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Don't Look Back in Anger, I Hear You Say?

Don't look backwards... it's not the direction you're going", said the post, from a well-known casting director. The post is aiming to get your attention, to motivate you and encourage you, and then hopefully, you'll want even more tit-bits of generic advice, so you'll be happy to pay for them.

There's nothing new, these days, about people selling their wares on social media- offering their tips and tricks to get you a short-cut to where you want to go, but for someone who has been in the industry long enough to remember when the only time you heard the mention of a casting director, was when your agent told you that they wanted to 'meet' you, it's hard not to look back in anger.

Several changes have taken place within our industry and on the whole, they're great, but there is a worrying trend occurring. One which has placed actors so far down the food chain and the pecking order, that to those of us who can remember decent buyout fees, can't fail to feel angry about.

It used to be your job, as an actor, to prepare for a casting, arrive on time and work, with the casting director (and the director and possibly a producer, or a client), to see if you could help them solve their casting situation.

You were sent the sides and you knew who was going to be in the room. The casting directors that you met, were experienced and skilled and there was a mutual respect for each other. That's because, they contacted your agent by telephone and spoke to your agent- there was a dialogue. You attended the casting and you were given an opportunity to show what you had prepared. Then the casting director, if they had some suggestions for you, would re-direct you (a stage that I always took for granted).

"Ah the good old days! He's harking back to the past", I hear you say, however, although technology has improved much about this process, there's a void being created that will have a damaging affect on the industry.

Self-tapes, love them, or loathe them, they achieve several things. Primarily, one of the advantages for actors is that they allow more of us to be seen for a role, that possibly would not have been invited to meet a casting director. They proved early on, to be a useful first step, in the casting process and although many actors, 'chunnered' at the idea (getting used to how to do them), we did get better at them and we did work it out, collectively, with only sketchy bits of advice, gathered here and there. Some casting directors attempted to be really helpful and left tips on how to do them, on social media and attached to websites.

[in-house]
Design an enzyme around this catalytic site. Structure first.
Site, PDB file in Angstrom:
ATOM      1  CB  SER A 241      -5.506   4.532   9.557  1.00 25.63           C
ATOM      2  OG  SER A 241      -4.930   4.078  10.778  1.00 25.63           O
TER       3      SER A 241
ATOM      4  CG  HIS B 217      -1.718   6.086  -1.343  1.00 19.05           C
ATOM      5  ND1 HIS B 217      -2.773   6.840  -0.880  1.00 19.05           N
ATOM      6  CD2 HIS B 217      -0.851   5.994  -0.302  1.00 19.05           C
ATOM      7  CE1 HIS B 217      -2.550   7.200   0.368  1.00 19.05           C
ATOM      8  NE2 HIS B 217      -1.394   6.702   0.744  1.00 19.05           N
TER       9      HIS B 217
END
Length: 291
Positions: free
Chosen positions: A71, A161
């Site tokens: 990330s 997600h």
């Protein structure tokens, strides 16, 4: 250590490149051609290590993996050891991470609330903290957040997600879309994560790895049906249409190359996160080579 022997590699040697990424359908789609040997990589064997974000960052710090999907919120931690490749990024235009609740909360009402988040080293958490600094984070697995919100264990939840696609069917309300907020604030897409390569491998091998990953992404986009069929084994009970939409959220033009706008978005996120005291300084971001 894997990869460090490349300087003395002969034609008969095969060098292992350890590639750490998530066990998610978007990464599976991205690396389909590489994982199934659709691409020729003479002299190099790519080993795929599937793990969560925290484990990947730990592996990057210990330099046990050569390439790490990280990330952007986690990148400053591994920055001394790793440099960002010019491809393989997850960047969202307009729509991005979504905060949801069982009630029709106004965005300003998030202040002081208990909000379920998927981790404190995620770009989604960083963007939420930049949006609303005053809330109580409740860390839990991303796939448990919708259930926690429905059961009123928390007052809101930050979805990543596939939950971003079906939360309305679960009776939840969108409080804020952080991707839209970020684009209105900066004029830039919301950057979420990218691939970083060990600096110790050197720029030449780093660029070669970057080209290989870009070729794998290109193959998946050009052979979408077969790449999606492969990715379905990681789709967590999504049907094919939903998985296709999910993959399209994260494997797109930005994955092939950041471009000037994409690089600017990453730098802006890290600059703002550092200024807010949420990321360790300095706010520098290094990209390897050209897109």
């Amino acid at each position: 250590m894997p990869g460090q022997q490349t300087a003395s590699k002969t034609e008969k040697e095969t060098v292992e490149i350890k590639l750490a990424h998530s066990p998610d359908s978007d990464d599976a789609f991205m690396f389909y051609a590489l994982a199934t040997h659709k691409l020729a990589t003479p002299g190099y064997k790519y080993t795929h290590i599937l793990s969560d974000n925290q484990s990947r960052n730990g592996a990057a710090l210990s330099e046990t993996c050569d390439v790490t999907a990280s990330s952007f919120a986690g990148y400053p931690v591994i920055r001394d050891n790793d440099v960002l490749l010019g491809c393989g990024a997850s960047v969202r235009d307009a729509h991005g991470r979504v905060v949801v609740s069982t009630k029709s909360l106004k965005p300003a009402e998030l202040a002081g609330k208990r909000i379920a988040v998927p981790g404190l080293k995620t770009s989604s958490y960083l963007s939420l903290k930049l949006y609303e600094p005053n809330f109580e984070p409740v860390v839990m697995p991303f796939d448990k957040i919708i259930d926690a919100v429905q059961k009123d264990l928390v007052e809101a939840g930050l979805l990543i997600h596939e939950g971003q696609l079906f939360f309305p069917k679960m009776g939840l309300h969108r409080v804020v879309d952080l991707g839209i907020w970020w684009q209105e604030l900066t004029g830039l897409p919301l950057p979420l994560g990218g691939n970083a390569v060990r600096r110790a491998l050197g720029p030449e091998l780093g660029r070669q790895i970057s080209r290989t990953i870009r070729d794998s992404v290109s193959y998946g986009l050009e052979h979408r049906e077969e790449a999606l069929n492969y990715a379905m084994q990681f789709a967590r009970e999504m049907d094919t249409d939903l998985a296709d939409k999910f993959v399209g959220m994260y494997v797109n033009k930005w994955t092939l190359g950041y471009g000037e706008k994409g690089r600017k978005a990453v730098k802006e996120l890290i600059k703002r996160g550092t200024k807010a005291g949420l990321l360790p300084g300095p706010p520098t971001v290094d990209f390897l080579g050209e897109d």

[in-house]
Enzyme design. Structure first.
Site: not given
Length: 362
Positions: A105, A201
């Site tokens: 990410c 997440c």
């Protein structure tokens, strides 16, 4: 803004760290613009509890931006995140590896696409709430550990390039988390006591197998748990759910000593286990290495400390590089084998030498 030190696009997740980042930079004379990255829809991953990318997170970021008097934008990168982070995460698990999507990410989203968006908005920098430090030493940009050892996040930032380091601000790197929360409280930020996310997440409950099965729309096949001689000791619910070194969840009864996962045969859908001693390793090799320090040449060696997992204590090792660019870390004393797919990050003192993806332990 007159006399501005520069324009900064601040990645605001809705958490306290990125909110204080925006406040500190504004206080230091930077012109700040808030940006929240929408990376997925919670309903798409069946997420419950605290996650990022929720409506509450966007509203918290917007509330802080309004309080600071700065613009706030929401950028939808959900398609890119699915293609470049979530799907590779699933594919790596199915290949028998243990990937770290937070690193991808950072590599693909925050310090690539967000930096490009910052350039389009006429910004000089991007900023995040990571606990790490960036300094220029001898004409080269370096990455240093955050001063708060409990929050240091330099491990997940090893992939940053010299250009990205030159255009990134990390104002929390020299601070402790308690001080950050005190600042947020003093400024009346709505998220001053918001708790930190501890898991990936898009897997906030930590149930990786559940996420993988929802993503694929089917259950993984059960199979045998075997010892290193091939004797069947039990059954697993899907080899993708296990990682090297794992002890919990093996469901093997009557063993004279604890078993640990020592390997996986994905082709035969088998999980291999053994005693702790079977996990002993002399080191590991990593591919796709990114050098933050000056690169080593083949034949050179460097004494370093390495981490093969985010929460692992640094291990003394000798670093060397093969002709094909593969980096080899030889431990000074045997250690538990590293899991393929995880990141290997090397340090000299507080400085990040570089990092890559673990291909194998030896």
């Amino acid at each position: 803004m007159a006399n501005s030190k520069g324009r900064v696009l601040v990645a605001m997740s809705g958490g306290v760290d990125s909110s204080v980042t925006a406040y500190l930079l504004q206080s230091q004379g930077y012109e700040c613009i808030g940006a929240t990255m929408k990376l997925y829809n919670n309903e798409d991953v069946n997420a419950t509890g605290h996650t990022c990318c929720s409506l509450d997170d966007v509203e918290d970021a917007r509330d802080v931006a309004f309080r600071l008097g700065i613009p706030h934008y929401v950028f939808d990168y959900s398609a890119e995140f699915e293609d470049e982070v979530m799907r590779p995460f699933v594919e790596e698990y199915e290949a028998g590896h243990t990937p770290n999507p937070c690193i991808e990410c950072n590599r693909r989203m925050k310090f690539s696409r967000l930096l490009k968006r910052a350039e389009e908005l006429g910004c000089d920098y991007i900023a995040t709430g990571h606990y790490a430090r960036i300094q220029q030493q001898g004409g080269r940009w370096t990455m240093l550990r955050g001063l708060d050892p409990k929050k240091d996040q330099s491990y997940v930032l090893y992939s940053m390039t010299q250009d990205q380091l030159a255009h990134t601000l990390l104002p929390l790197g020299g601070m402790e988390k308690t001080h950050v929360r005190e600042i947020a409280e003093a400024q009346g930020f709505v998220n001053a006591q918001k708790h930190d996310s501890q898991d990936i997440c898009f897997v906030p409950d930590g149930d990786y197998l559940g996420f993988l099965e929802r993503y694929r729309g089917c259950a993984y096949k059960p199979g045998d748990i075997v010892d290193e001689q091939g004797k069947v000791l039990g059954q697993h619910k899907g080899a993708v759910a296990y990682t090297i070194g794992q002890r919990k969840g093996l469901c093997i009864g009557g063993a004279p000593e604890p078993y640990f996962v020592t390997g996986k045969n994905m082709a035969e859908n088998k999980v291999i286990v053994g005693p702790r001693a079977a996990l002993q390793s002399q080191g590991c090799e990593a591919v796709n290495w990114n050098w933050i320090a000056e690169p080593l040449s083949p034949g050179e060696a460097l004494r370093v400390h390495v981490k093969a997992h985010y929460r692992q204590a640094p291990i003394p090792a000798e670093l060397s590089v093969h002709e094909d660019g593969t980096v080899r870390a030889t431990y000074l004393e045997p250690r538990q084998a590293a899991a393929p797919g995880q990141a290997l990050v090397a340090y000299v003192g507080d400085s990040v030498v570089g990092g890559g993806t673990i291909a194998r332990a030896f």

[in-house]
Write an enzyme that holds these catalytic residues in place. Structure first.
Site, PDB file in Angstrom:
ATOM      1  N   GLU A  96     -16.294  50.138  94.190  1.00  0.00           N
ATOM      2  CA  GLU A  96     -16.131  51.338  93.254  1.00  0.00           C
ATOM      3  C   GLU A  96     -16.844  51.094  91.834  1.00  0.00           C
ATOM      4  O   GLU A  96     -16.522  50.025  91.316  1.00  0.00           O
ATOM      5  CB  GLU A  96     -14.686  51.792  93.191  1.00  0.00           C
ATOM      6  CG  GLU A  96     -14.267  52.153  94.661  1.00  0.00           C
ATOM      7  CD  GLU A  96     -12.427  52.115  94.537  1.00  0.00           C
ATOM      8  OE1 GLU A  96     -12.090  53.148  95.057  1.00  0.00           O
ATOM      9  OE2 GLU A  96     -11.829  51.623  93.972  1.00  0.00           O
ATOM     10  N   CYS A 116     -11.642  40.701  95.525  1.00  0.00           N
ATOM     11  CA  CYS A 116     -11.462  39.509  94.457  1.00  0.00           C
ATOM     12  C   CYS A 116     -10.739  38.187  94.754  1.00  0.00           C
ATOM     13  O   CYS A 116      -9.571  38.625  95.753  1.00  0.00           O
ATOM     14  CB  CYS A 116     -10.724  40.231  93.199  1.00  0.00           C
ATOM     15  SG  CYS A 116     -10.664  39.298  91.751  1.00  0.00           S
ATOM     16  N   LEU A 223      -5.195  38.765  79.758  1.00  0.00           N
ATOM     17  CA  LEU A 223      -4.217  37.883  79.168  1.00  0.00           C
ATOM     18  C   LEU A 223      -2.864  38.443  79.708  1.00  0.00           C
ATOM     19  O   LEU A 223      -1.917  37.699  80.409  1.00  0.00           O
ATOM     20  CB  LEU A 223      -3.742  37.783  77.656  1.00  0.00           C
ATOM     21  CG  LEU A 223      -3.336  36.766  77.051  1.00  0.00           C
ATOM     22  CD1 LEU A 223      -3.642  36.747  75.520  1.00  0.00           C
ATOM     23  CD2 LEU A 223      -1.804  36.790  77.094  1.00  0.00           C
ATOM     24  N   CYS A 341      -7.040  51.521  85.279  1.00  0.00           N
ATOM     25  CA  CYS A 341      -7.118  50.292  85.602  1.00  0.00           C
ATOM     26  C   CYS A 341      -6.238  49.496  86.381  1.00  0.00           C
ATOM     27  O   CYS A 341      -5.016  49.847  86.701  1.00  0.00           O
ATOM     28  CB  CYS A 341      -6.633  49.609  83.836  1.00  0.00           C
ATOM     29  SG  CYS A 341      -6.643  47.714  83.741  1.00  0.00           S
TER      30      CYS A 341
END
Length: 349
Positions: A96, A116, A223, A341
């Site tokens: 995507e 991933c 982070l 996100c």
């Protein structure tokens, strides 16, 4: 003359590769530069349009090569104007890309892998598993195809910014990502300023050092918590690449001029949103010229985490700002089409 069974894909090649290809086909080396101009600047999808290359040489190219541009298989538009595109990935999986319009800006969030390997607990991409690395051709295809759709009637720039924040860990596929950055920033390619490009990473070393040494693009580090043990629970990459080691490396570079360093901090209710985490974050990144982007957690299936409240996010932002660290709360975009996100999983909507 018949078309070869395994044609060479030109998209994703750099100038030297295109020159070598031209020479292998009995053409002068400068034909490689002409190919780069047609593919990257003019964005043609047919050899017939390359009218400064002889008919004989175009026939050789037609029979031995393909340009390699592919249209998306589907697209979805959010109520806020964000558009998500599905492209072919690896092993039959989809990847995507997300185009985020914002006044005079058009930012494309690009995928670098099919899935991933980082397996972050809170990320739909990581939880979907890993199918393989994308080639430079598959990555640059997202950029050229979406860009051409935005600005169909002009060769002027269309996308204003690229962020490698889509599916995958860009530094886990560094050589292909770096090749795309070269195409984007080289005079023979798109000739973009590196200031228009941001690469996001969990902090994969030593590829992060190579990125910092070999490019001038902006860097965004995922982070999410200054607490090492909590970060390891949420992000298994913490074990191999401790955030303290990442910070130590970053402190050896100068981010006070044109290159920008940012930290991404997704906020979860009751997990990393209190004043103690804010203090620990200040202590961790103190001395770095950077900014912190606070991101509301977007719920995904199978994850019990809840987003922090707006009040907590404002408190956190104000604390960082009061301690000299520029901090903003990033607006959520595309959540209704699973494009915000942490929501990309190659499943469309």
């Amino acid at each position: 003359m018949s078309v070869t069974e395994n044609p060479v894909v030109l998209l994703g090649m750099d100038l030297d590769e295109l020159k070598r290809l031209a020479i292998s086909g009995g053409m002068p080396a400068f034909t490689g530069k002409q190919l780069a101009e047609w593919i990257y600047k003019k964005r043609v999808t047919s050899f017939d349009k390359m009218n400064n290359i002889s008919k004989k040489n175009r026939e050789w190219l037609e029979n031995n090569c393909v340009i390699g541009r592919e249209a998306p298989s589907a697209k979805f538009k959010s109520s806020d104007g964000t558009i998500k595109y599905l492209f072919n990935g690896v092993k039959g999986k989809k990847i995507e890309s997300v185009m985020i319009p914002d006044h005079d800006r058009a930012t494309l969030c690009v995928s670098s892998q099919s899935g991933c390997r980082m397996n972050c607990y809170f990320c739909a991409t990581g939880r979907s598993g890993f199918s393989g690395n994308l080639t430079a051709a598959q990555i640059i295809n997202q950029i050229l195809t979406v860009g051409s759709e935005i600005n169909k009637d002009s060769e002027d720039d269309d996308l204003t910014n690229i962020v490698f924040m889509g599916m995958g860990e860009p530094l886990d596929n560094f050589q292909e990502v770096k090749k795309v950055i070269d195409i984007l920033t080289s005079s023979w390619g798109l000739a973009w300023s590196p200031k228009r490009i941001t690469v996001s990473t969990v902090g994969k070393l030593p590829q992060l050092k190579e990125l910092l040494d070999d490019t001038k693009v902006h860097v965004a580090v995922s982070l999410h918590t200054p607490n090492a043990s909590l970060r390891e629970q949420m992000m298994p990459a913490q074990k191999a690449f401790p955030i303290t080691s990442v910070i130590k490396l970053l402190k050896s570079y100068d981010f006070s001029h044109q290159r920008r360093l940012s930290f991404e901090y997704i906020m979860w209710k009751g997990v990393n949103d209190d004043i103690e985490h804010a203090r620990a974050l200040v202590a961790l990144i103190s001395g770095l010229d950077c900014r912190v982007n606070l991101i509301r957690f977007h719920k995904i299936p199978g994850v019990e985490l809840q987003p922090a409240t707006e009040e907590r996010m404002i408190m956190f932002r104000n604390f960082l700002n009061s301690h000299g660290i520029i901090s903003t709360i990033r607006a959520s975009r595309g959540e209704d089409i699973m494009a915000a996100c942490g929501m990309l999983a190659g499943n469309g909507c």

Fast forward just a few years and we hit a pandemic and as a result, hardly any casting directors bring people in. Some rarely go into their offices, choosing to move away from the bigger cities and work exclusively online. Not all, but some.

No big change there... ...or is there?

Well yes, actually. Post pandemic, more emphasis is placed on the actors doing the work. It's rarely now a two-way street. A brief will be sent, requiring you, to not only learn the scene, but to light it, film it, edit it and send it. You then have multiple forms to fill in and al of this has to be in by occasionally realistic deadlines, in many cases not.

What's the problem? Don't they want the work?

Of course we want the work! It's just that receiving a breakdown and casting request at 6pm on a Friday evening, due in on Monday can, at the best of times, be a tight schedule. Add to the mix, that if you have already made other plans, they have to be shelved. Sometimes there's a desperate attempt to find someone to be your reader and as good as some apps are, allowing someone to be there remotely, it shows a lack of understanding of the craft, to think that we can produce our best work when the person we are working off/with, isn't even in the room.

What about the time to prepare? Some guidelines for some self-tapes are ridiculous, requiring you to shoot a whole range of 'moments', multiple times, in different ways, in different locations. May I be so bold as to say that THAT IS LAZY CASTING AND SHOWS A TOTAL LACK OF UNDERSTANDING OF HOW WE WORK and is so 'general' that it often reveals the inexperience of the casting directors themselves.

There are some fantastic casting directors. Really fantastic. They are great at their jobs and fight for the actors and there are those that have little or no respect for the actor.

The problem is, that after working in this business for 35 years, I have been 'in the room' often enough to imagine what a casting director, or a director may want to see from me. It usual starts and ends with my 'interesting choices'. I know how to frame it, shoot it, light it and send it. Many actors still don't. But then, we didn't become actors to sit alone in a room, and act to an iPad, whilst filming on an iPhone.

Casting directors jobs, if they're going to stay at home, have become easier, thanks to the technology. the actors' job description has increased. Our fees have gone down- have theirs?

My own feeling is, that you may convince someone that you can do your job from your sofa, on Zoom, but you can't really. Not really. And neither can we.

What's the legacy?

I've seen it so many times already... young actors not getting the chance to be in the room. I don't need to spell it out, as to what they are missing out on.

Whilst casting directors under-cut each other to offer ridiculous deadlines, to secure the work, they pass the stress onto the actors. It's hard not to look back in anger!

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